People with asthma ‘shouldn’t wear face masks’, experts warn
London, May 19, 2020 (AltAfrica)-People with asthma or other respiratory conditions should not wear face coverings, the government and various health experts have warned.
New government advice recommends the public wear face coverings on public transport and in crowded places indoors in order to reduce the spread of coronavirus.
However, the situation has been named a ‘catch 22’ for those with lung conditions, as using a face mask could make it harder to breathe and risk their health.
In official guidance, the Cabinet Office states: ‘If you can, wear a face covering in an enclosed space where social distancing isn’t possible and where you will come into contact with people you do not normally meet.
This is most relevant for short periods indoors in crowded areas, for example, on public transport or in some shops.
‘Face coverings should not be used by children under the age of 2 or those who may find it difficult to manage them correctly.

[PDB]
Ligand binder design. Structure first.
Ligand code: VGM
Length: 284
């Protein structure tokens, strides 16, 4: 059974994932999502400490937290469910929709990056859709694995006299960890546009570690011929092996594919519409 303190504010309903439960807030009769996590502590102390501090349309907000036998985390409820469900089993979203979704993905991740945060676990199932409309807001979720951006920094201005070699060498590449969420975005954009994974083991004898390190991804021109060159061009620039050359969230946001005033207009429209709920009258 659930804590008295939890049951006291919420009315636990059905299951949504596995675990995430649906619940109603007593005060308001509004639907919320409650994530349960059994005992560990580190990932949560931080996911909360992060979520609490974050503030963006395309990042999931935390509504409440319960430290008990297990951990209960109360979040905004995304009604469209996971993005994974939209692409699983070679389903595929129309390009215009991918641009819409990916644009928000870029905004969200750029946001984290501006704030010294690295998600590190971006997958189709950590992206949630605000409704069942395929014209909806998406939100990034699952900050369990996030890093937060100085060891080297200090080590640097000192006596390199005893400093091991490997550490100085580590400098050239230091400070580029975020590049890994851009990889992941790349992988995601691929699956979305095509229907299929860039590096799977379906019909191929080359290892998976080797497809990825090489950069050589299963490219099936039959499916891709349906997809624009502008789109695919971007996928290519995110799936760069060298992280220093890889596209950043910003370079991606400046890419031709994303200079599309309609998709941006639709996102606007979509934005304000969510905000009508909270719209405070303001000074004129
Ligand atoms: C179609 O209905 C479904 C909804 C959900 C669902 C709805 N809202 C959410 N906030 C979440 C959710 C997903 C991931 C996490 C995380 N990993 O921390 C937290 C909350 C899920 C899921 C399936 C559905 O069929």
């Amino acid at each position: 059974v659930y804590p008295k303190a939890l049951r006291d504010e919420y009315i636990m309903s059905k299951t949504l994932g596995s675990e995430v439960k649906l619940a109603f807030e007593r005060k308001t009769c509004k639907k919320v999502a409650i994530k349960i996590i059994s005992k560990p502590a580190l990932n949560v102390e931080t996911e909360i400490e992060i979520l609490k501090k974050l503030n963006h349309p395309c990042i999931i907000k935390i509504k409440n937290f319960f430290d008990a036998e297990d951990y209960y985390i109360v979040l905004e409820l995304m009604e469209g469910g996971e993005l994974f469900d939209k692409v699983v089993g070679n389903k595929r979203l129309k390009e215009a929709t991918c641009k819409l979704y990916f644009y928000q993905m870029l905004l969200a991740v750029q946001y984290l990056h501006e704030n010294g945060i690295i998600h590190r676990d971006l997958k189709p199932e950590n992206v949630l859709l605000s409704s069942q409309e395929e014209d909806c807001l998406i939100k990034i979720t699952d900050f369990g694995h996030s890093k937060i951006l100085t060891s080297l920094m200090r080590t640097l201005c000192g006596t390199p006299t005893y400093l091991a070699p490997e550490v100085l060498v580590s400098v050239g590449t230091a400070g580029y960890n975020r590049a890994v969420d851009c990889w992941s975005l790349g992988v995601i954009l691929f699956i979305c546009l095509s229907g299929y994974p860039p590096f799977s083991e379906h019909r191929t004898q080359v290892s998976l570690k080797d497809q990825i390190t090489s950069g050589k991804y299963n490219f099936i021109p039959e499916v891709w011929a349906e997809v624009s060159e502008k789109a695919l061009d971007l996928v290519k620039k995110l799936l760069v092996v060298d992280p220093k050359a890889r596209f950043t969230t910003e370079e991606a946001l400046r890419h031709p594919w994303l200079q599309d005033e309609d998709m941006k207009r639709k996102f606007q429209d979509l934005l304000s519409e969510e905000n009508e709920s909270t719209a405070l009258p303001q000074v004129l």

For example, primary age children unassisted, or those with respiratory conditions.’ Visit our live blog for the latest updates:
Coronavirus news live This advice has been supported by Asthma UK which agrees that face coverings could make it more difficult to draw air into the lungs.
The charity’s advice states: ‘For some people with asthma, wearing a face covering might not be easy.
It could make it feel harder to breathe. ‘The government has advised that people with respiratory conditions don’t need to wear face coverings, so if you are finding it hard, then don’t wear one.’
Dr Purvi Parikh, an immunology and infectious disease specialist at New York University, has also revealed that the hot summer weather could hinder people with lung conditions, those with skin abnormalities on their face or neck, or children or people with dementia.
Speaking to MailOnline, she said: ‘We’re approaching summer-time so it’s hot outside, and when you’re consistently breathing hot air on top of your own breath that can be quite uncomfortable.
‘It’s uncomfortable to breathe hot air because we’re used to being in a temperate environment. For some asthmatics warm air is a trigger and can cause asthma attacks, so for them it’s unfortunately a perfect storm.’